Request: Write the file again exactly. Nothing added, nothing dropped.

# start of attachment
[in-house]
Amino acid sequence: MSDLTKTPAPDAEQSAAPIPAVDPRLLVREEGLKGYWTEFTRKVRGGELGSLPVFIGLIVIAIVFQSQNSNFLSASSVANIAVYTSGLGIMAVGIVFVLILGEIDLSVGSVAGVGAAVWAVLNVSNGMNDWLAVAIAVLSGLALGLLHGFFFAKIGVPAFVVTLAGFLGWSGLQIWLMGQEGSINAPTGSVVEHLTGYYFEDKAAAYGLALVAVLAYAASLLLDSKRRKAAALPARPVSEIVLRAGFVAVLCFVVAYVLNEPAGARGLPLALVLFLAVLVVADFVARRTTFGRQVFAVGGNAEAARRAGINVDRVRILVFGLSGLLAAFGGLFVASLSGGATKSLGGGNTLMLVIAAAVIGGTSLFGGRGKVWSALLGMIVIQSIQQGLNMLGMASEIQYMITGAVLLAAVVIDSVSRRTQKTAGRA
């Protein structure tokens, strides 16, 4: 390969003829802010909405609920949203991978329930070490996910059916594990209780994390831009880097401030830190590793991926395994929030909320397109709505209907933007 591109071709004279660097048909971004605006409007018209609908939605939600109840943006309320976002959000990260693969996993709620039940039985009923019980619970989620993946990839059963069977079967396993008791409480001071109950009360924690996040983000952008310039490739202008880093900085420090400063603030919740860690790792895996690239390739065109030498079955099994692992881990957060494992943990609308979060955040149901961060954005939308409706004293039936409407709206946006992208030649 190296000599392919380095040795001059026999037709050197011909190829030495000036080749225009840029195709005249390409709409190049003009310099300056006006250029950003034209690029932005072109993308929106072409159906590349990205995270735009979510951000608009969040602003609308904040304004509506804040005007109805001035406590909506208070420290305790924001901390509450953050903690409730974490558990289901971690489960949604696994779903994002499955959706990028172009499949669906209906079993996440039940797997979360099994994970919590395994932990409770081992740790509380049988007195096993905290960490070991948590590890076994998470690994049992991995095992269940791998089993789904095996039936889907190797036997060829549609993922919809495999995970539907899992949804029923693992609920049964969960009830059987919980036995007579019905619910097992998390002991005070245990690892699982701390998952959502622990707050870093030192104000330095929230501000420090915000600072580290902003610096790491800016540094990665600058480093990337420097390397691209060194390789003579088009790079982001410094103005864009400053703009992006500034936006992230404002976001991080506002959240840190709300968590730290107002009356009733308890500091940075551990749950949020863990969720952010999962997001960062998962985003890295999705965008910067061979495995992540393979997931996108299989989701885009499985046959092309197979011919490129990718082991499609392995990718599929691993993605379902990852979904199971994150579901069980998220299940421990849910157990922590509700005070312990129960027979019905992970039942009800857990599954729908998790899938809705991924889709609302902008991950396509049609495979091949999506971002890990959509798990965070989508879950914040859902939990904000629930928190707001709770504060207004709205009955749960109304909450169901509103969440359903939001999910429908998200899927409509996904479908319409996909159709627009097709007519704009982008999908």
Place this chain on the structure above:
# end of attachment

[in-house]
Amino acid sequence: MSDLTKTPAPDAEQSAAPIPAVDPRLLVREEGLKGYWTEFTRKVRGGELGSLPVFIGLIVIAIVFQSQNSNFLSASSVANIAVYTSGLGIMAVGIVFVLILGEIDLSVGSVAGVGAAVWAVLNVSNGMNDWLAVAIAVLSGLALGLLHGFFFAKIGVPAFVVTLAGFLGWSGLQIWLMGQEGSINAPTGSVVEHLTGYYFEDKAAAYGLALVAVLAYAASLLLDSKRRKAAALPARPVSEIVLRAGFVAVLCFVVAYVLNEPAGARGLPLALVLFLAVLVVADFVARRTTFGRQVFAVGGNAEAARRAGINVDRVRILVFGLSGLLAAFGGLFVASLSGGATKSLGGGNTLMLVIAAAVIGGTSLFGGRGKVWSALLGMIVIQSIQQGLNMLGMASEIQYMITGAVLLAAVVIDSVSRRTQKTAGRA
């Protein structure tokens, strides 16, 4: 390969003829802010909405609920949203991978329930070490996910059916594990209780994390831009880097401030830190590793991926395994929030909320397109709505209907933007 591109071709004279660097048909971004605006409007018209609908939605939600109840943006309320976002959000990260693969996993709620039940039985009923019980619970989620993946990839059963069977079967396993008791409480001071109950009360924690996040983000952008310039490739202008880093900085420090400063603030919740860690790792895996690239390739065109030498079955099994692992881990957060494992943990609308979060955040149901961060954005939308409706004293039936409407709206946006992208030649 190296000599392919380095040795001059026999037709050197011909190829030495000036080749225009840029195709005249390409709409190049003009310099300056006006250029950003034209690029932005072109993308929106072409159906590349990205995270735009979510951000608009969040602003609308904040304004509506804040005007109805001035406590909506208070420290305790924001901390509450953050903690409730974490558990289901971690489960949604696994779903994002499955959706990028172009499949669906209906079993996440039940797997979360099994994970919590395994932990409770081992740790509380049988007195096993905290960490070991948590590890076994998470690994049992991995095992269940791998089993789904095996039936889907190797036997060829549609993922919809495999995970539907899992949804029923693992609920049964969960009830059987919980036995007579019905619910097992998390002991005070245990690892699982701390998952959502622990707050870093030192104000330095929230501000420090915000600072580290902003610096790491800016540094990665600058480093990337420097390397691209060194390789003579088009790079982001410094103005864009400053703009992006500034936006992230404002976001991080506002959240840190709300968590730290107002009356009733308890500091940075551990749950949020863990969720952010999962997001960062998962985003890295999705965008910067061979495995992540393979997931996108299989989701885009499985046959092309197979011919490129990718082991499609392995990718599929691993993605379902990852979904199971994150579901069980998220299940421990849910157990922590509700005070312990129960027979019905992970039942009800857990599954729908998790899938809705991924889709609302902008991950396509049609495979091949999506971002890990959509798990965070989508879950914040859902939990904000629930928190707001709770504060207004709205009955749960109304909450169901509103969440359903939001999910429908998200899927409509996904479908319409996909159709627009097709007519704009982008999908």
Place this chain on the structure above: